If you want to start a business or continue growing your current one, you'll need to be familiar with terms such as churn rate and retention rate. Both refer to the quality of your products or services, and the insight you gain from measuring these rates will also help you understand your customers better and can be used to improve customer satisfaction and increase repeat business.
In fact, Indeed reports that "maintaining a low churn rate can help a company grow and increase profits with fewer interruptions in its work processes [and] a higher retention rate means your company can use less time seeking new customers, which can improve its overall cost-effectiveness."
Here's everything you need to know about churn rate vs. retention rate, including the difference between the two, how to calculate them, and how they can make all the difference in the success of your organization.
What is Customer Churn Rate
Your customer churn rate measures the rate at which customers stop doing business with you. This rate can refer to everything from customers boycotting a brand and going to the competition to opting out of a subscription service by choosing not to renew their contract.
A high churn rate means more money spent on acquiring new customers, so the lower your churn rate is — the better. The average for the first year of your business is about 3-7%, but experts say your goal should be to aim for less than 3% in the following years.
You can calculate your customer churn rate with the following formula:
(Number of Customers at Start of Year – Number of Customers at End of Year) / Number of Customers at Start of Year = Annual Churn Rate
For instance, if you started the year off with 650 customers at the beginning of 2021 but ended the year with only 600 customers, then your annual churn rate is 8%:
(650 – 600) / 650 = 8%
Annual rates aren't the only way to measure churn rate, either. You can also calculate your rate:
What is Customer Retention Rate
Customer retention rate is the percentage of customers who sign up for your product or services and stay with you. The benefit of a high retention rate is that you can more accurately predict your future. In fact, this insight may allow you to invest more in your company if your retention is high because you know you’ll have money coming in.
It also suggests that your customer satisfaction is up. For instance, if your retention rates increase from 2021 to 2022, then you should consider the changes you've made over the year. Perhaps the special attention to customer service or product or service quality is the reason for the increase. However, a decline in retention may indicate that your customer service (or other areas) needs work.
To calculate your retention rate, you'll need the following formula:
[(Total Number of Customers at the End of a Given Period — Total Number of New Customers in That Period) / Total Number of Customers at the Beginning of That Period] X 100 = Customer Retention Rate (CRR)
An example would be if you:
- Started with 1,000 customers
- Ended the period with 1,100
- Gained 250
In this case, your retention rate would be 85%:
[(1,100 - 250) / 1,000] X 100 = CRR
[850 / 1,000] X 100
.85 X 100 = 85 CRR
Retention rates can also be done annually, weekly, monthly, and quarterly.
Churn Rate vs. Retention Rate
An excellent way to look at the difference between churn and retention is to note that:
- Churn rate is bad because it's the number of customers leaving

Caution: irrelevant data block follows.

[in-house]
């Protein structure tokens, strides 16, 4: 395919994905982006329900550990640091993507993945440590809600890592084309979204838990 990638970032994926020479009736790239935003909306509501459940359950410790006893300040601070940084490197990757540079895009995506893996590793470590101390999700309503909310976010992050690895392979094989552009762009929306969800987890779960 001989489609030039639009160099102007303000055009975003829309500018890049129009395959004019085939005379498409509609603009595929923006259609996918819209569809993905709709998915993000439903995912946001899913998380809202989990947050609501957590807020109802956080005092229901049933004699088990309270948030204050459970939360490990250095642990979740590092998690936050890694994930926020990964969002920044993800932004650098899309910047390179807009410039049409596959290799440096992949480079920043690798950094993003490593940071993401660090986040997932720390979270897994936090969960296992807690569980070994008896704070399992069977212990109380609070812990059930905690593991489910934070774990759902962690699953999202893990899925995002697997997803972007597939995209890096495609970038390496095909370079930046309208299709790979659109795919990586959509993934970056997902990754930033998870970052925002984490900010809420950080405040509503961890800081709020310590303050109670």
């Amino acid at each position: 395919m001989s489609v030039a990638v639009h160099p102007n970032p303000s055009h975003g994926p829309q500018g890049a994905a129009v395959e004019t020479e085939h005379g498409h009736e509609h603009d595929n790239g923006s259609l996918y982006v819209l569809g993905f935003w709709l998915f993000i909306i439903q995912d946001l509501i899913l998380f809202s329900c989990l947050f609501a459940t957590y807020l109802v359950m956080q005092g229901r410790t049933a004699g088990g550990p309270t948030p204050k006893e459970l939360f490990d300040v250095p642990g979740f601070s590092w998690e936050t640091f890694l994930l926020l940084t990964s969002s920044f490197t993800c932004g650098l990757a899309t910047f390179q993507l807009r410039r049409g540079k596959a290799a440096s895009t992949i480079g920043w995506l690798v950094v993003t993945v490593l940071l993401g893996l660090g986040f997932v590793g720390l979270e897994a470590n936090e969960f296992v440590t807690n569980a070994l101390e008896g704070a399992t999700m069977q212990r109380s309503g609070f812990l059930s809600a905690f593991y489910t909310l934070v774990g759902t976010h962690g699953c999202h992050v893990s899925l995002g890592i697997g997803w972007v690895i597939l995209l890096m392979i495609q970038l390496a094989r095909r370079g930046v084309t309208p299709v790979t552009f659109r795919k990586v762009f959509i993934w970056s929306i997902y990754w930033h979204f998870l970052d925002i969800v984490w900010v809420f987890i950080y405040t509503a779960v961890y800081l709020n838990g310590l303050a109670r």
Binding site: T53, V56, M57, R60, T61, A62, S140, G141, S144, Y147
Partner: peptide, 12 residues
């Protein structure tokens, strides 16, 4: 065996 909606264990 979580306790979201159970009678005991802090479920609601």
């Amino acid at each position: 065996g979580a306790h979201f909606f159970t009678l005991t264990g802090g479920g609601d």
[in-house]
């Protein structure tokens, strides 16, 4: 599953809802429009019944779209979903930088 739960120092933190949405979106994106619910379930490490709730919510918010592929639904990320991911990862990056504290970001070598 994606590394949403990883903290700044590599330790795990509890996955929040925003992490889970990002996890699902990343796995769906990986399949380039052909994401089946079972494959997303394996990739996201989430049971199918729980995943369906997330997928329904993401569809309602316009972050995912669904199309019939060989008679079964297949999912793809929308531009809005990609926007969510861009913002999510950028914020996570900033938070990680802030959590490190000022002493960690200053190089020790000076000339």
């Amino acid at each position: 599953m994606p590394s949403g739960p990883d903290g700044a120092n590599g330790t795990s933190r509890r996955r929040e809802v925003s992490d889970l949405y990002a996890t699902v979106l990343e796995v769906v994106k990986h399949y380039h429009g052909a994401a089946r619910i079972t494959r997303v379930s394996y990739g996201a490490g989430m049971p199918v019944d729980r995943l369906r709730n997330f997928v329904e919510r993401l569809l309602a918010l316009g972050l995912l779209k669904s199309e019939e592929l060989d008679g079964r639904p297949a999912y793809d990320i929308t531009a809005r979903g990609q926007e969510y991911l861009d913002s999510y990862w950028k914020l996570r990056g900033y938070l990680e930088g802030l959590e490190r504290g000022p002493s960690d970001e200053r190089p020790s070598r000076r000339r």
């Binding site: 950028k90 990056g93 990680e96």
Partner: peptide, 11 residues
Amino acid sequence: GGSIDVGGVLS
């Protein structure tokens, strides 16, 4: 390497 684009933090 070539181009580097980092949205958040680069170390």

- Retention rate is good because it's the number of customers staying
If you have a high churn rate, you'll have low retention — and vice versa. Take, for instance, the example from the last section. Your retention rate was 85%. This means that you lost 15% of customers (i.e., churned) over that period of time.
This is a common percentage for many first-time and smaller businesses. At the same time, industry leaders often have an average customer retention rate of about 94% (which means they only lose 6% of their customers in that period). This number is preferred for larger companies who have had time to establish themselves in their market.
With that in mind, take note that this figure varies from industry to industry. For instance, insurance companies average around 84% for customer retention rates, retail around 63%, banking at 75%, Saas hitting 35%, hospitality at about 55%, media typically averaging 25%, Fintech at 37%, and Edtech at only 4%.
Tracking and monitoring are key to keeping your retention high and your churn rate low.
This is where KAM software, like Kapta's, can complement your key account management process and help you keep track of your churn and retention rates. This way, you can make insightful decisions based on the data provided to you.
Like Steve Jobs once said, "Get closer than ever to your customers. So close that you tell them what they need well before they realize it themselves." Consumer data will help you do that accurately and efficiently.
Kapta's KAM Software: Your Solution to Attracting and Retaining Customers
Our KAM process is your roadmap for building customer engagement. The more you know about your clients, the better prepared you will be to improve their experiences with your company, build engagement, and encourage repeat purchases. This will require understanding the dynamic by creating an org chart in our software, running a SWOT analysis for more insight into their objectives, and moving forward with Kapta's Voice of Customer tool, and that's just a small portion of what you can do.
Contact us for more information on how we can help you use your churn and retention rates to your advantage — whether that means implementing familiar strategies that got your retention rate so high today or making improvements to lower your churn rate.